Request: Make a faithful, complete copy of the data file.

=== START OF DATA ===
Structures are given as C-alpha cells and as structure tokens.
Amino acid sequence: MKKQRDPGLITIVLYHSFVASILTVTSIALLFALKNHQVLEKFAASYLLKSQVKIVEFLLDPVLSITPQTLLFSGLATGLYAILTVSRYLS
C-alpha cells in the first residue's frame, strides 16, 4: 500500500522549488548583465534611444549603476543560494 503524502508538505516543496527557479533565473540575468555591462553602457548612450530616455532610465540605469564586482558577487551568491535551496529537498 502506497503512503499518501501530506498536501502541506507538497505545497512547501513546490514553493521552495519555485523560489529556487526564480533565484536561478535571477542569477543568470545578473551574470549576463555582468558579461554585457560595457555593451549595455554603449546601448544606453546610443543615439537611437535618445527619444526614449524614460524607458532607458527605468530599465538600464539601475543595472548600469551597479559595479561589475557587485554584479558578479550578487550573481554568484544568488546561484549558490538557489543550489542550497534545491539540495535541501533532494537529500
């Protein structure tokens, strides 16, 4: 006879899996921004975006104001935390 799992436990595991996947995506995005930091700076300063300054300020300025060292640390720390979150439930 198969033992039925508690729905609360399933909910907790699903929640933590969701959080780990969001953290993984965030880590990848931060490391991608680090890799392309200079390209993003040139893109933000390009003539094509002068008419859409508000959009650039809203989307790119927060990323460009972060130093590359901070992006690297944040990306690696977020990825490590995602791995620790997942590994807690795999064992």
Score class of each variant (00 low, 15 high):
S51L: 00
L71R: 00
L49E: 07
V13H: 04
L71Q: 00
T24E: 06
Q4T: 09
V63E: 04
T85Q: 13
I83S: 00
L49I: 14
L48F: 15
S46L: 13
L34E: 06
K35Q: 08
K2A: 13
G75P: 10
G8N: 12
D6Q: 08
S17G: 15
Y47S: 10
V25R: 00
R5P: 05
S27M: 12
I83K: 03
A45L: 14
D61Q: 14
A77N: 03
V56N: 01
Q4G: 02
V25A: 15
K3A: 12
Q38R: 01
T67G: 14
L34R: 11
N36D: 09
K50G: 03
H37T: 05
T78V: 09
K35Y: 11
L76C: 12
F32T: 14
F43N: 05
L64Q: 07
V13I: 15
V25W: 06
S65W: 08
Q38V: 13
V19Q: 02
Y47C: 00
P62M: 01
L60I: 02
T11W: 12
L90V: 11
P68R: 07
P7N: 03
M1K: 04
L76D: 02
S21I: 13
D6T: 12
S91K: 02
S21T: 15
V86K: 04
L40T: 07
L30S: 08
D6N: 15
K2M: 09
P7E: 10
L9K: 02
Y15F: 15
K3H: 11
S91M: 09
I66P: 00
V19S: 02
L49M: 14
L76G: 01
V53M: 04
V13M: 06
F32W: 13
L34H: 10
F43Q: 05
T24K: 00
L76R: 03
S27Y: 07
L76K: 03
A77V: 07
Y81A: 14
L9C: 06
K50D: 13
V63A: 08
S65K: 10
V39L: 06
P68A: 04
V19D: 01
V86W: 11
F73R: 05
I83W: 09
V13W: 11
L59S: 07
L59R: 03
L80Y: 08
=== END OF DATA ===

Structures are given as C-alpha cells and as structure tokens.
Amino acid sequence: MKKQRDPGLITIVLYHSFVASILTVTSIALLFALKNHQVLEKFAASYLLKSQVKIVEFLLDPVLSITPQTLLFSGLATGLYAILTVSRYLS
C-alpha cells in the first residue's frame, strides 16, 4: 500500500522549488548583465534611444549603476543560494 503524502508538505516543496527557479533565473540575468555591462553602457548612450530616455532610465540605469564586482558577487551568491535551496529537498 502506497503512503499518501501530506498536501502541506507538497505545497512547501513546490514553493521552495519555485523560489529556487526564480533565484536561478535571477542569477543568470545578473551574470549576463555582468558579461554585457560595457555593451549595455554603449546601448544606453546610443543615439537611437535618445527619444526614449524614460524607458532607458527605468530599465538600464539601475543595472548600469551597479559595479561589475557587485554584479558578479550578487550573481554568484544568488546561484549558490538557489543550489542550497534545491539540495535541501533532494537529500
């Protein structure tokens, strides 16, 4: 006879899996921004975006104001935390 799992436990595991996947995506995005930091700076300063300054300020300025060292640390720390979150439930 198969033992039925508690729905609360399933909910907790699903929640933590969701959080780990969001953290993984965030880590990848931060490391991608680090890799392309200079390209993003040139893109933000390009003539094509002068008419859409508000959009650039809203989307790119927060990323460009972060130093590359901070992006690297944040990306690696977020990825490590995602791995620790997942590994807690795999064992």
Score class of each variant (00 low, 15 high):
S51L: 00
L71R: 00
L49E: 07
V13H: 04
L71Q: 00
T24E: 06
Q4T: 09
V63E: 04
T85Q: 13
I83S: 00
L49I: 14
L48F: 15
S46L: 13
L34E: 06
K35Q: 08
K2A: 13
G75P: 10
G8N: 12
D6Q: 08
S17G: 15
Y47S: 10
V25R: 00
R5P: 05
S27M: 12
I83K: 03
A45L: 14
D61Q: 14
A77N: 03
V56N: 01
Q4G: 02
V25A: 15
K3A: 12
Q38R: 01
T67G: 14
L34R: 11
N36D: 09
K50G: 03
H37T: 05
T78V: 09
K35Y: 11
L76C: 12
F32T: 14
F43N: 05
L64Q: 07
V13I: 15
V25W: 06
S65W: 08
Q38V: 13
V19Q: 02
Y47C: 00
P62M: 01
L60I: 02
T11W: 12
L90V: 11
P68R: 07
P7N: 03
M1K: 04
L76D: 02
S21I: 13
D6T: 12
S91K: 02
S21T: 15
V86K: 04
L40T: 07
L30S: 08
D6N: 15
K2M: 09
P7E: 10
L9K: 02
Y15F: 15
K3H: 11
S91M: 09
I66P: 00
V19S: 02
L49M: 14
L76G: 01
V53M: 04
V13M: 06
F32W: 13
L34H: 10
F43Q: 05
T24K: 00
L76R: 03
S27Y: 07
L76K: 03
A77V: 07
Y81A: 14
L9C: 06
K50D: 13
V63A: 08
S65K: 10
V39L: 06
P68A: 04
V19D: 01
V86W: 11
F73R: 05
I83W: 09
V13W: 11
L59S: 07
L59R: 03
L80Y: 08